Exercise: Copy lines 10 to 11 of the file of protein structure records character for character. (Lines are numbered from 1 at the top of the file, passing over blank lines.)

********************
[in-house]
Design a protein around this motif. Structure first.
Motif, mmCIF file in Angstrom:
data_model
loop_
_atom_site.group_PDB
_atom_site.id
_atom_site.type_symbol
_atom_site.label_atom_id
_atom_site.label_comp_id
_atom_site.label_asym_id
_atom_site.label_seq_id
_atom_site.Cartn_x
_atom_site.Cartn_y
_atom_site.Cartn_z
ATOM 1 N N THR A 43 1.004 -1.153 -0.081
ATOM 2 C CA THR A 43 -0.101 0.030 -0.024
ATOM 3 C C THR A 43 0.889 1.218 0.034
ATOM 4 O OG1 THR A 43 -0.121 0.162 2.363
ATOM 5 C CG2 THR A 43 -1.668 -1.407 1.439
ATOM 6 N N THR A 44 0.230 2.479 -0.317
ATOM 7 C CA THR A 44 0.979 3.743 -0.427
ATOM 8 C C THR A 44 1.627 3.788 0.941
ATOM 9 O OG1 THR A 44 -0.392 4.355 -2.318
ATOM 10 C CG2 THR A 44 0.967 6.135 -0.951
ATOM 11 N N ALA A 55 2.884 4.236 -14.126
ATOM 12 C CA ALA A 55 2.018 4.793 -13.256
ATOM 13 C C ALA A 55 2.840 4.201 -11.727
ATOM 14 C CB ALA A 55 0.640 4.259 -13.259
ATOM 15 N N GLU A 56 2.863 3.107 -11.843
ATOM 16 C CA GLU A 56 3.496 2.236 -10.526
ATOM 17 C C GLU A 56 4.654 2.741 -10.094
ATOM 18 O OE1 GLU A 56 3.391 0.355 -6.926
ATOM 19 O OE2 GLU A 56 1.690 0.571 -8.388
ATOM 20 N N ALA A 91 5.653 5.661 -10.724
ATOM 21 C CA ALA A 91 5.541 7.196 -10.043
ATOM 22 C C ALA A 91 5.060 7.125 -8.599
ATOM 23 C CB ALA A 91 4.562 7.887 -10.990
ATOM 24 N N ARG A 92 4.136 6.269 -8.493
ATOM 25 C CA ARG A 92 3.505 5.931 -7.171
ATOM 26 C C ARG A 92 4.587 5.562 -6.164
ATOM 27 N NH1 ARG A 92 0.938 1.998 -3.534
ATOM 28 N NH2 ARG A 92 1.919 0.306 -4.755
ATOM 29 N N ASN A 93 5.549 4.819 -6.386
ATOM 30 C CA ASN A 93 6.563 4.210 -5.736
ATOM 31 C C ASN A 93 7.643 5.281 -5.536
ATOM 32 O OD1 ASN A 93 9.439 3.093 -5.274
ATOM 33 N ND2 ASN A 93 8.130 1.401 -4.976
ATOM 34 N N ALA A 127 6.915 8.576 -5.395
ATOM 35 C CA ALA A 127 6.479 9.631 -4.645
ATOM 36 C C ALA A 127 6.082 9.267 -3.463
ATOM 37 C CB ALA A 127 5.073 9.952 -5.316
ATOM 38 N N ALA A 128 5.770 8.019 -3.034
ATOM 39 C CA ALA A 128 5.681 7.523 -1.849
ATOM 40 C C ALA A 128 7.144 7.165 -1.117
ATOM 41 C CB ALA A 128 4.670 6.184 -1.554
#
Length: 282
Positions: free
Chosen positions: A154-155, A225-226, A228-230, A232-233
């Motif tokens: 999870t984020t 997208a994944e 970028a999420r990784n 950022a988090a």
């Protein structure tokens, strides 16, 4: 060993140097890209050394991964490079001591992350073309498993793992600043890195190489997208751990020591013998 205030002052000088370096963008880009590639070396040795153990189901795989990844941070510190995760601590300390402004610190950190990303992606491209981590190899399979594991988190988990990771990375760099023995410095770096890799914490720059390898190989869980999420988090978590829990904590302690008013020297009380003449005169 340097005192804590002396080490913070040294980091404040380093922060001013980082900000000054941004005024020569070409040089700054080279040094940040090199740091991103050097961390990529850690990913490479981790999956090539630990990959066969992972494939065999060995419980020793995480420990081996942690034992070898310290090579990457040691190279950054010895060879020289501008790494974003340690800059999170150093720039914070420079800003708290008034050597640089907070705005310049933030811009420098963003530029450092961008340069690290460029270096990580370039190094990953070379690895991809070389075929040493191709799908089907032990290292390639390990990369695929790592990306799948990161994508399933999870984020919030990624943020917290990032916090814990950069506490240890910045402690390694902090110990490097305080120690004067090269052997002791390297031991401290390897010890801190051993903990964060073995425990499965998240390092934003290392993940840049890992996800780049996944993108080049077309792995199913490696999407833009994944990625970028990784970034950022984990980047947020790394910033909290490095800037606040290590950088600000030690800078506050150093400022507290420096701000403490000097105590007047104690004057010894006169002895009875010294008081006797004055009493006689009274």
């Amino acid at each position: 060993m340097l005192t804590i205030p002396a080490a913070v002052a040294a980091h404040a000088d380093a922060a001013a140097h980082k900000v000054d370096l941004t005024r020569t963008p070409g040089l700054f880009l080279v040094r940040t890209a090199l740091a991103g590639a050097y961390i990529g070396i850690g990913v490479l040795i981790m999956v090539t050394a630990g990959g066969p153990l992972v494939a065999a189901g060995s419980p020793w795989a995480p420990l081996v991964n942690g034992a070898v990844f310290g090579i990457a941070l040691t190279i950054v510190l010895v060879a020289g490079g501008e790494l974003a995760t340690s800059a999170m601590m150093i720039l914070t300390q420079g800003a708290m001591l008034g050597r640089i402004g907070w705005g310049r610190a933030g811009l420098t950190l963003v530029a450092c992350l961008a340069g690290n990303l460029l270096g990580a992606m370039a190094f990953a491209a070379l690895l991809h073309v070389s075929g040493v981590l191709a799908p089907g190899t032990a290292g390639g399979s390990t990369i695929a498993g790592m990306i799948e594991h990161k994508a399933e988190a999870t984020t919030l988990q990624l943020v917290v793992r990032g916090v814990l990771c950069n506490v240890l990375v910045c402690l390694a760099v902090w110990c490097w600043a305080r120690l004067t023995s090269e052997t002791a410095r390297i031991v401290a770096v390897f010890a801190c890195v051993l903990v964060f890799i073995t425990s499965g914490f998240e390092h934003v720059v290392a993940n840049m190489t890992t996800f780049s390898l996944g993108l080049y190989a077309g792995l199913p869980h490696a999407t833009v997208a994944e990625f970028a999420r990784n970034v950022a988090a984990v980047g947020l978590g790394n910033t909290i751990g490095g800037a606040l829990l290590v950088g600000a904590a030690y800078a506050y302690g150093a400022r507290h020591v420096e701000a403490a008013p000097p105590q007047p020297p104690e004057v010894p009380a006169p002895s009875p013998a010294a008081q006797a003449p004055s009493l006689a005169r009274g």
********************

_atom_site.label_comp_id
_atom_site.label_asym_id